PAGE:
THE Scottish Government has come in for increasing criticism over a £300,000 golden pay-off to the former chief executive of Historic Scotland, who quit after a turbulent 30 months in charge.
Ruth Parsons's tenure at the heritage agency included allegations from staff of bullying. Seven months after she left it was calculated she had accrued pension scheme benefits making her eligible for about £35,000 a year plus a £105,000 lump sum on retirement.
Ministers have now been urged to come clean over how approval was given for her severance package, which amounted to nearly three times her annual salary.
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The 51-year-old was appointed to head the agency in 2009 but her time in charge was tainted by staff allegations of bullying. She had been a civil servant with the UK and Scottish governments for 30 years by the time she left.
Historic Scotland said no formal complaints were lodged, but a series of senior staff decided to leave the organisation after she took over the helm.
MSPs were shocked by the development and said the Scottish Government needed to be more transparent about the case.
Alex Johnstone, the Scottish Conservatives' spokesman on Infrastructure, Capital Investment, Housing and Transport, said ministers had to "come clean on who approved this and why".
He said: "Taxpayers will be rightly appalled by the excess of this golden goodbye payment.
"It's an insult to hard-working families everywhere for public money to be lavished on someone who, it appears, has chosen to leave of her own accord. How can the Scottish Government possibly justify giving someone a pay-off nearly three times her annual salary on top of a substantial pension package?"
Scottish Labour's Patricia Ferguson, the Shadow Cabinet Secretary for Culture, Sport and External Affairs, added: "The level of payout seems grossly excessive when considering the period of service at Historic Scotland and its dysfunctional nature during that period.
"This payment raises more questions about how Historic Scotland is managed. I have increasing concerns about how it is being run and given those concerns the decision of the SNP to give it even more responsibilities seems to go against best practice. Taxpayers will expect answers about how our money is being used."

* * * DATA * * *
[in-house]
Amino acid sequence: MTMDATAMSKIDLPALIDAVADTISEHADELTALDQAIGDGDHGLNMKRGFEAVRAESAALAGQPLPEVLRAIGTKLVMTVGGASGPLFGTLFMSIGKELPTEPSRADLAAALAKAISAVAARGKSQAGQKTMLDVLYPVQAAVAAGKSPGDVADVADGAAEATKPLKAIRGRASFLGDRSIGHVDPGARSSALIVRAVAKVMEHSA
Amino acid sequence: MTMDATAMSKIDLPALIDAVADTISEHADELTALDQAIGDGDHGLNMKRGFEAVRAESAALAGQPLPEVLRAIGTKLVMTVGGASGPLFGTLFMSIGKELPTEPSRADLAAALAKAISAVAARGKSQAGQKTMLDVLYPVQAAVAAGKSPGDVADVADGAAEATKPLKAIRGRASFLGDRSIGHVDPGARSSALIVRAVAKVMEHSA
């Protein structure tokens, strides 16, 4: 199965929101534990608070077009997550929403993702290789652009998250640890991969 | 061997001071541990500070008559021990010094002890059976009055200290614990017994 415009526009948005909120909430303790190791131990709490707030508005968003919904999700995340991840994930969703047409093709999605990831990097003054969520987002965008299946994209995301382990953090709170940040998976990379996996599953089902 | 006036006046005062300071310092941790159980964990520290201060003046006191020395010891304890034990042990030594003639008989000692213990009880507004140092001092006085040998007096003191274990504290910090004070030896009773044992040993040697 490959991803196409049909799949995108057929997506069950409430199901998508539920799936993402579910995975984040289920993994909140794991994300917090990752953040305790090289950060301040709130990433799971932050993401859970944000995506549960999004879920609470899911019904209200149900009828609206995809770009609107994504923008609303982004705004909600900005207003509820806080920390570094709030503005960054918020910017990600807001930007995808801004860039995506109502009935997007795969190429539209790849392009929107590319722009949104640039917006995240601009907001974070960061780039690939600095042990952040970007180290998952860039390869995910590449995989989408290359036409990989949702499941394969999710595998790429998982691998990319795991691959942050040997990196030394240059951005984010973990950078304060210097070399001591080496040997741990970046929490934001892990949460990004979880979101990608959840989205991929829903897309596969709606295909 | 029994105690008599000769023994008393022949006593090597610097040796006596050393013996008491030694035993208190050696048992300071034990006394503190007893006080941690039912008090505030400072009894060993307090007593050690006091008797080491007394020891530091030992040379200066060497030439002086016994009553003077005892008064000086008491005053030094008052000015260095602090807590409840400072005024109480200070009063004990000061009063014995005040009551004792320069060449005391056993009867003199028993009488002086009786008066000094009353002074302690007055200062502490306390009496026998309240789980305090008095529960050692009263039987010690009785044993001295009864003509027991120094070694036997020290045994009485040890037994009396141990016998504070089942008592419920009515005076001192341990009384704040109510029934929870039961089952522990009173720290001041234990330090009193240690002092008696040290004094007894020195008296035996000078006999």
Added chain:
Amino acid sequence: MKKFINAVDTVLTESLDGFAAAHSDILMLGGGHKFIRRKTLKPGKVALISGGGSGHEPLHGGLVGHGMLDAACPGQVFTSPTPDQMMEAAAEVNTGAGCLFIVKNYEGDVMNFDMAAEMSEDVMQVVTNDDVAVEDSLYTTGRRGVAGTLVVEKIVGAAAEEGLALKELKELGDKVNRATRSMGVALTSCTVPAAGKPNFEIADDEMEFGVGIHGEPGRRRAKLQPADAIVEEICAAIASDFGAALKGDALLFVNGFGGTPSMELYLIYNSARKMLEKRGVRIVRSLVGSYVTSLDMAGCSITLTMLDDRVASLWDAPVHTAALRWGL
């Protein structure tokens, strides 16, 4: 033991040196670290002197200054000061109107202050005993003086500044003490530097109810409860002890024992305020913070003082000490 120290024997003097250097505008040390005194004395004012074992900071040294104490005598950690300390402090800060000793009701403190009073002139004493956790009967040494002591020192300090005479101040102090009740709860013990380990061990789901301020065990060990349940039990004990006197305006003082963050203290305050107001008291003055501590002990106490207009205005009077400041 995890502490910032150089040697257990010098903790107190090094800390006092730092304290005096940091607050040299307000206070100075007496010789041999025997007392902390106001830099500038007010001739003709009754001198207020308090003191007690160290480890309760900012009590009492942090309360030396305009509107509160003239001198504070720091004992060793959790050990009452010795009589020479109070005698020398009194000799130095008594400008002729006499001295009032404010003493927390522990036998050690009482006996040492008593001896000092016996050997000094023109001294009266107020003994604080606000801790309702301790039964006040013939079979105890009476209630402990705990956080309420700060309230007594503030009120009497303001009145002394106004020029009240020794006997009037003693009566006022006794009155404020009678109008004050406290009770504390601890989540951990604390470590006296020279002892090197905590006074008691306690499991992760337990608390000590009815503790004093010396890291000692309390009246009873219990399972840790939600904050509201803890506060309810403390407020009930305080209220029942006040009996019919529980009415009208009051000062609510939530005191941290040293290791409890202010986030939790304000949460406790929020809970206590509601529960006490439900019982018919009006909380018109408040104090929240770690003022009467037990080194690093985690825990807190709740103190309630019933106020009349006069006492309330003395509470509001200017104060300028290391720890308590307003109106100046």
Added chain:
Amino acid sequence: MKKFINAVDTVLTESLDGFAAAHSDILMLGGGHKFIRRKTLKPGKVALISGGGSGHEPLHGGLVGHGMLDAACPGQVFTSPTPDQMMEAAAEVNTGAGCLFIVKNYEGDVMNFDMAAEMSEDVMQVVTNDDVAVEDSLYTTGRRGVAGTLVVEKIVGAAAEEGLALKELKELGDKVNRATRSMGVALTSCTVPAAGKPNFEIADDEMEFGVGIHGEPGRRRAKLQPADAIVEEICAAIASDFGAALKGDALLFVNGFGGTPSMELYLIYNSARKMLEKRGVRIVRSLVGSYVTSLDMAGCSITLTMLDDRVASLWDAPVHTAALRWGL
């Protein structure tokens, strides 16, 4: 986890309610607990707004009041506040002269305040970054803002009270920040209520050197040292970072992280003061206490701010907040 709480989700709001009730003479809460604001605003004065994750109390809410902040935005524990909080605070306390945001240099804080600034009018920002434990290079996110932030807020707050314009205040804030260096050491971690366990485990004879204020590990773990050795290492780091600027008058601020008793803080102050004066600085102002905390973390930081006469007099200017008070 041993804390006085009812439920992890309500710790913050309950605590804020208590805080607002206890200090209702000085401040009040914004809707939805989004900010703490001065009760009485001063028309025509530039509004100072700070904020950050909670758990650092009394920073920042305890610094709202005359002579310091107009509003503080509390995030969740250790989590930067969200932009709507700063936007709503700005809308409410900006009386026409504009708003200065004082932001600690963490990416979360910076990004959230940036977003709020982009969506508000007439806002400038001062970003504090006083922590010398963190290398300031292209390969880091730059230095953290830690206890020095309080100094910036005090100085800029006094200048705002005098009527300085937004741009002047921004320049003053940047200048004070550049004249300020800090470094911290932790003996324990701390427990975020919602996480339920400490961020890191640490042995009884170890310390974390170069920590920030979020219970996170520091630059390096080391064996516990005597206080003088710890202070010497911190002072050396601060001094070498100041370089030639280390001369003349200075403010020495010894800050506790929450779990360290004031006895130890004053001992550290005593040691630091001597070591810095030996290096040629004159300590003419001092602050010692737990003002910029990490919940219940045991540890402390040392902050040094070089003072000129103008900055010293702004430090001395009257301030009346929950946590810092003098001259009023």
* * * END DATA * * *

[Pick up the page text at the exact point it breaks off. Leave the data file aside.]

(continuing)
Ms Parsons was appointed in 2009, and in October 2001 a staff survey revealed claims by staff that they faced harassment at work. The wellbeing study of Historic Scotland's 1100 staff at the time found 53 [5%] reported some form of bullying. Five said they were often victimised and two felt they were always bullied.
Ms Parsons, deputy director of the Strathclyde International Public Policy Institute at Strathclyde University, has always strongly denied allegations of discontent within the organisation, including "bullying" accusations levelled at her personally.
A Scottish Government spokesman said in a prepared statement: "Ministers do not approve individual severance packages. The approval is given to the Scottish Government to run a severance scheme to which people can apply. All applications are assessed against agreed criteria and Ms Parsons application for early exit was approved within the terms of this criteria."
Compensation is not normally payable "when someone resigns voluntarily outwith any existing (and approved) scheme" of compensation under government rules. Ministerial clearance must also be obtained.